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Tuesday, June 18, 2024


    The death toll from flash floods in Somalia has risen to 14, according to the UN.

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    Flash floods resulting from heavy rains have claimed the lives of at least 14 individuals, displaced thousands, and caused property damage in the Baardheere District of the Gedo region, according to reports from the UN Office for the Coordination of Humanitarian Affairs (OCHA). OCHA has additionally reported that several areas of Somalia have experienced light to moderate rain over the past week, signalling the onset of the Gu rainy season from April to June. The Gu season is the main wet season in Somalia.
    Rainfall forecasts anticipate that the rains will continue throughout March in most parts of the country but with drier conditions toward the end of the season. However, this may result in a surge in disease outbreaks, including acute watery diarrhea/cholera and measles, as contaminated water poses a health risk in the absence of adequate sanitation and hygiene facilities.
    Heavy rains in Galmudug State have resulted in flash flooding and power outages in Adaado and Dhusamareeb towns. A water catchment site on the outskirts of Dhuusamarreeb has overflowed, and low-lying areas have become inaccessible. Similarly, in Adaado town, the Karaama and Waaberi neighbourhoods and other low-lying areas are flooded. Schools and businesses are mostly closed, and the main road that connects both towns has been damaged. In South Gaalkacyo, seven IDP sites have flooded, and an unconfirmed number of makeshift shelters have been damaged.
    In Jubaland State, heavy rains have inundated Baardheere District, resulting in the deaths of more than ten people and affecting thousands of others. Nine individuals reportedly died as they attempted to cross a stream amid heavy rainfall on March 20th. Flooding and heavy rains impacted two of the 29 IDP sites, affecting 8,118 IDPs directly. Several houses, latrines, and other facilities were damaged or destroyed. The risk of flash floods and displacement increases as the heavy rain, particularly in the Ethiopian highlands, increases the risk of the Juba River breaking its banks in Baardheere Buaale, Saakow, and Jilib.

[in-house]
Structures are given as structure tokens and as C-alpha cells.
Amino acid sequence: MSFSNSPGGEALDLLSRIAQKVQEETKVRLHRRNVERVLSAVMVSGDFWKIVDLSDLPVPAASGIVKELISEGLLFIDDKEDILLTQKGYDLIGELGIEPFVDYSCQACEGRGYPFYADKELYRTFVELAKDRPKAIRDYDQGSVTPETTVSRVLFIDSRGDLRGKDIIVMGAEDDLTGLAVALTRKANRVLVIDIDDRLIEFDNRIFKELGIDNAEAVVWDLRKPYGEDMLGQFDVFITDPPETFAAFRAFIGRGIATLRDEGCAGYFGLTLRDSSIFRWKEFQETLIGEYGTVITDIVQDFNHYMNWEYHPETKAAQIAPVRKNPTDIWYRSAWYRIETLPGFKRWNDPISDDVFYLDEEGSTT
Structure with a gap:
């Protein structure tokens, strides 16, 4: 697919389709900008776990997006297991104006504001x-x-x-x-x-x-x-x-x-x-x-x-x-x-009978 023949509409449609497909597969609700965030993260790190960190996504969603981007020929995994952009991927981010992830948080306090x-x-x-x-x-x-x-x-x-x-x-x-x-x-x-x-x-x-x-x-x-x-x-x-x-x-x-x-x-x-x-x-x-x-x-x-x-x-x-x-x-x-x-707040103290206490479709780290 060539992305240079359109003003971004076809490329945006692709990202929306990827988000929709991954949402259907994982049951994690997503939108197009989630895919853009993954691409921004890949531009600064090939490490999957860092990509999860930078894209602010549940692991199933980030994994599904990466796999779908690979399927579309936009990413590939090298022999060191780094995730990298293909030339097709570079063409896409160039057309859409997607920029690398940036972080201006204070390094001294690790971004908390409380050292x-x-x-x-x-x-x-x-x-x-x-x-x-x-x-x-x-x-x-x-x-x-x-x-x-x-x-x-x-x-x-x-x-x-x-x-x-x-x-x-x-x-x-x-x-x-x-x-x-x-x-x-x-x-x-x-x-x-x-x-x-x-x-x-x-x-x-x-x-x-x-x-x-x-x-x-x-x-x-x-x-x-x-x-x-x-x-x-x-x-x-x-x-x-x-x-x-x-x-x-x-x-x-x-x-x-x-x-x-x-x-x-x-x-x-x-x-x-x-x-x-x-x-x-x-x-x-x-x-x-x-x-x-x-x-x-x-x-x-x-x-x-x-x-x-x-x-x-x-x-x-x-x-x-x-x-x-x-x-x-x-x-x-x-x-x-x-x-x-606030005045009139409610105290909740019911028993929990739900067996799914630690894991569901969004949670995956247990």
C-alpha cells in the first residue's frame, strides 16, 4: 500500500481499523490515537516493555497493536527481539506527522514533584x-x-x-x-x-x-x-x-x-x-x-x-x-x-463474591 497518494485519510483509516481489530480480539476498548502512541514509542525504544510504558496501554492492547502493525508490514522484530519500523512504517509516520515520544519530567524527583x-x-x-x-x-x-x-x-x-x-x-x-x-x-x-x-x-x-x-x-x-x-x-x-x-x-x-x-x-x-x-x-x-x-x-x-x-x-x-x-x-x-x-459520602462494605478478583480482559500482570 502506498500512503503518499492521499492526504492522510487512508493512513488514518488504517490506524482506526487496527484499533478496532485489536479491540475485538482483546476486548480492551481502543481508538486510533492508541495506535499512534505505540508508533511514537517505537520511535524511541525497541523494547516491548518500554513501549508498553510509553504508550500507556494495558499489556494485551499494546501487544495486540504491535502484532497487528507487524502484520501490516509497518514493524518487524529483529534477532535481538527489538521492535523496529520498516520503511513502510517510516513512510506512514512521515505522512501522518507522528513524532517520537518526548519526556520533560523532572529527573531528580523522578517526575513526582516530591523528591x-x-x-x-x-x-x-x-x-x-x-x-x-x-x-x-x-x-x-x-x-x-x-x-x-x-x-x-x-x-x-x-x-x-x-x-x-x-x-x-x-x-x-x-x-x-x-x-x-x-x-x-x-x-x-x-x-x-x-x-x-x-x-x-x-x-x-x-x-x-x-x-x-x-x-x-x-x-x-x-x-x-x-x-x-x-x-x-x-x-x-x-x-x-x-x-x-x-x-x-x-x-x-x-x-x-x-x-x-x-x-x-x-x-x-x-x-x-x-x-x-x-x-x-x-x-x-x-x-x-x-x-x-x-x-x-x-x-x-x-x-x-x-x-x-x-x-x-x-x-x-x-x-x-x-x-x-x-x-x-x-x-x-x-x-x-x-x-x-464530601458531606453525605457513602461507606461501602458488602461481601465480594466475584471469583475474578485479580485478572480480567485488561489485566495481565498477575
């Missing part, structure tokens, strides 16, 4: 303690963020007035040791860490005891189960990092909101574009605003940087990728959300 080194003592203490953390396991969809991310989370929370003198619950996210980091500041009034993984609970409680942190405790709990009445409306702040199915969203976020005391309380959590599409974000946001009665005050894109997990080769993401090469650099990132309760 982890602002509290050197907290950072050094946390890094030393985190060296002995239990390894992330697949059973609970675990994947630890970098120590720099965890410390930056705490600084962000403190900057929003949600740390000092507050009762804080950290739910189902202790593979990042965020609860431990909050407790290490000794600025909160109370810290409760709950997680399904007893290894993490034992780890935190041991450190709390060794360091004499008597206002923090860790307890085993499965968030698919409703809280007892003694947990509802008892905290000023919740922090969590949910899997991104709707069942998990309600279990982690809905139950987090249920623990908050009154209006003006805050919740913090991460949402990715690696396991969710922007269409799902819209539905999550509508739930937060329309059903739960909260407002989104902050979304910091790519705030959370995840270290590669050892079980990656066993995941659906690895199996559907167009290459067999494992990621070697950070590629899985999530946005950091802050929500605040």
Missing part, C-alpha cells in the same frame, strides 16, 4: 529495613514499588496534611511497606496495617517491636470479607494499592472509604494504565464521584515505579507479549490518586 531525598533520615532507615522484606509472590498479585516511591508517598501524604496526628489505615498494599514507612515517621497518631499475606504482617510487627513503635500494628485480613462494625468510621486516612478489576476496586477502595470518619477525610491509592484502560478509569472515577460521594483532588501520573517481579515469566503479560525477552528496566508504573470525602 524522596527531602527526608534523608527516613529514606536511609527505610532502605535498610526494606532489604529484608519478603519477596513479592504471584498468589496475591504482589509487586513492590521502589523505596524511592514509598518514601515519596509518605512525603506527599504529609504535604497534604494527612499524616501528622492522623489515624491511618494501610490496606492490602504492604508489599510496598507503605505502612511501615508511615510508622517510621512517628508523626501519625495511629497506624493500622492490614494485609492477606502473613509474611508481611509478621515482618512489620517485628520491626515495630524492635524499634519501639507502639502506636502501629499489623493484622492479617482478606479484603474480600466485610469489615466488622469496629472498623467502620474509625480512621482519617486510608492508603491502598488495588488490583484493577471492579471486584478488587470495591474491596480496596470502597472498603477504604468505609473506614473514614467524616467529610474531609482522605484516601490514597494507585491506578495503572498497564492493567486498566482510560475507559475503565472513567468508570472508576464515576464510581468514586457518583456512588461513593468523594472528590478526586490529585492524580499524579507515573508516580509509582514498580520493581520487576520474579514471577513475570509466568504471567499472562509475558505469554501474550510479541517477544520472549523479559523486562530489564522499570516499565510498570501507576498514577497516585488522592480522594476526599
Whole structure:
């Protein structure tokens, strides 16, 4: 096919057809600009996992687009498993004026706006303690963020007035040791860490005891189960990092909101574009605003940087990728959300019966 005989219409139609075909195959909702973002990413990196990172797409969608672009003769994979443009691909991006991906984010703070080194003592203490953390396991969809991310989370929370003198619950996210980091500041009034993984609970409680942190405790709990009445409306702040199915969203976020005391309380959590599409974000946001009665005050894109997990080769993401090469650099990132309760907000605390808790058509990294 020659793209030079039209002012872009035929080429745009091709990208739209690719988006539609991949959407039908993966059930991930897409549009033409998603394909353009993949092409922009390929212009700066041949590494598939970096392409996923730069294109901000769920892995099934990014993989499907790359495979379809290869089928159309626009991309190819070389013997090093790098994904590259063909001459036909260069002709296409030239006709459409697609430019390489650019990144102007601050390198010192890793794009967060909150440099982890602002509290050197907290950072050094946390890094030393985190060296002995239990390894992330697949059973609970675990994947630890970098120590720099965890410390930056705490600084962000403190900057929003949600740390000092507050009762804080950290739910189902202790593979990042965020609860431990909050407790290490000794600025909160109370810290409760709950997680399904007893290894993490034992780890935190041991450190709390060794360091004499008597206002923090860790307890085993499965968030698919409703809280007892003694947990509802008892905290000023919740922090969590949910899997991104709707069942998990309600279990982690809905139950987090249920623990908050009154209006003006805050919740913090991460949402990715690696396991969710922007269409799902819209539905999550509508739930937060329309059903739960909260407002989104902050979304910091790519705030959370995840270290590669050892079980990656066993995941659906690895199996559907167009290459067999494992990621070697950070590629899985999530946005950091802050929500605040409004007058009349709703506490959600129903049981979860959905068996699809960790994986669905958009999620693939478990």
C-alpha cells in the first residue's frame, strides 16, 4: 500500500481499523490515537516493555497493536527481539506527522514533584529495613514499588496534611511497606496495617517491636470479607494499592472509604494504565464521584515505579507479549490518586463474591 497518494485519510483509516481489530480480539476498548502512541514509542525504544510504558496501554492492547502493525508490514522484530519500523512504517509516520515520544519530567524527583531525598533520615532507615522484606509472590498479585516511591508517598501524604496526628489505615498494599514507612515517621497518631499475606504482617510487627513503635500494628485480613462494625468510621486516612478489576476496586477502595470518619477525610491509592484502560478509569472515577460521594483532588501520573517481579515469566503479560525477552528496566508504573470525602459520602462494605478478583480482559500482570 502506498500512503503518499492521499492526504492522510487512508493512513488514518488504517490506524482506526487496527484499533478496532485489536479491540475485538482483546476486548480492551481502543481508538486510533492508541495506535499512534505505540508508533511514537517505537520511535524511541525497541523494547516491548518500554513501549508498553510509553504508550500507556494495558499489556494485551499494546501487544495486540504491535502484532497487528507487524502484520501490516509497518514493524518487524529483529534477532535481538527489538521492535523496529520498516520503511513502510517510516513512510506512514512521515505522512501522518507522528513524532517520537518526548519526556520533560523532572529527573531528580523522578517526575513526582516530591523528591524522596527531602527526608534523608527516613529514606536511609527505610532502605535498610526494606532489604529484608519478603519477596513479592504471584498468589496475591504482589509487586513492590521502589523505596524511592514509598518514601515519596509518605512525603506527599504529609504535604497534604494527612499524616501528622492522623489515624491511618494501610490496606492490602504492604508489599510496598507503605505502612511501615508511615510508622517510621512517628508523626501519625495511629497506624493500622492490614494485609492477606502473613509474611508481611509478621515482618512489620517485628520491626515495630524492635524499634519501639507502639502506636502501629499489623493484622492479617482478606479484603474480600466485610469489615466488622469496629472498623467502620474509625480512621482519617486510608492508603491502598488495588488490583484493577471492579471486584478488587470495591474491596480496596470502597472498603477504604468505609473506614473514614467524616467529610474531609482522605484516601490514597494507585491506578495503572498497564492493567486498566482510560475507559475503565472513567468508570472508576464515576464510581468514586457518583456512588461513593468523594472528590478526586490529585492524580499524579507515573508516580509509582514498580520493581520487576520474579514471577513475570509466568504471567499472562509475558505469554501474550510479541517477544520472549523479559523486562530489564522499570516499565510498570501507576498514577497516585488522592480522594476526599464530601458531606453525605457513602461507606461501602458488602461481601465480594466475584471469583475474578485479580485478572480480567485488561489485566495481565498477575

The rains have also caused damage and displacement in other parts of the country. In Puntland State, flash floods in Jalam town, Burtinle District in Nugaal Region, have displaced hundreds and damaged property. The floods have also led to the loss of crops and livestock and destroyed infrastructure, including businesses, residential houses, and IDP settlements. Reports indicate that the roads linking Bossaso and Garowe south and to Gaalkacyo have been affected, slowing trade activity. Transport between Garowe and Bossaso through Qardho town has also been affected, and heavy rains have damaged shelters in five IDP sites in South West State, leaving several people without shelter.
    OCHA notes that the early onset of the rains may cause pastoral migrations, resource-based conflict, and displacement. Increased rural migration is expected, especially in the southern coastline area along the Juba River, which receives limited rain during the Gu season. Resource-based conflicts could arise as individuals search for water and pasture.
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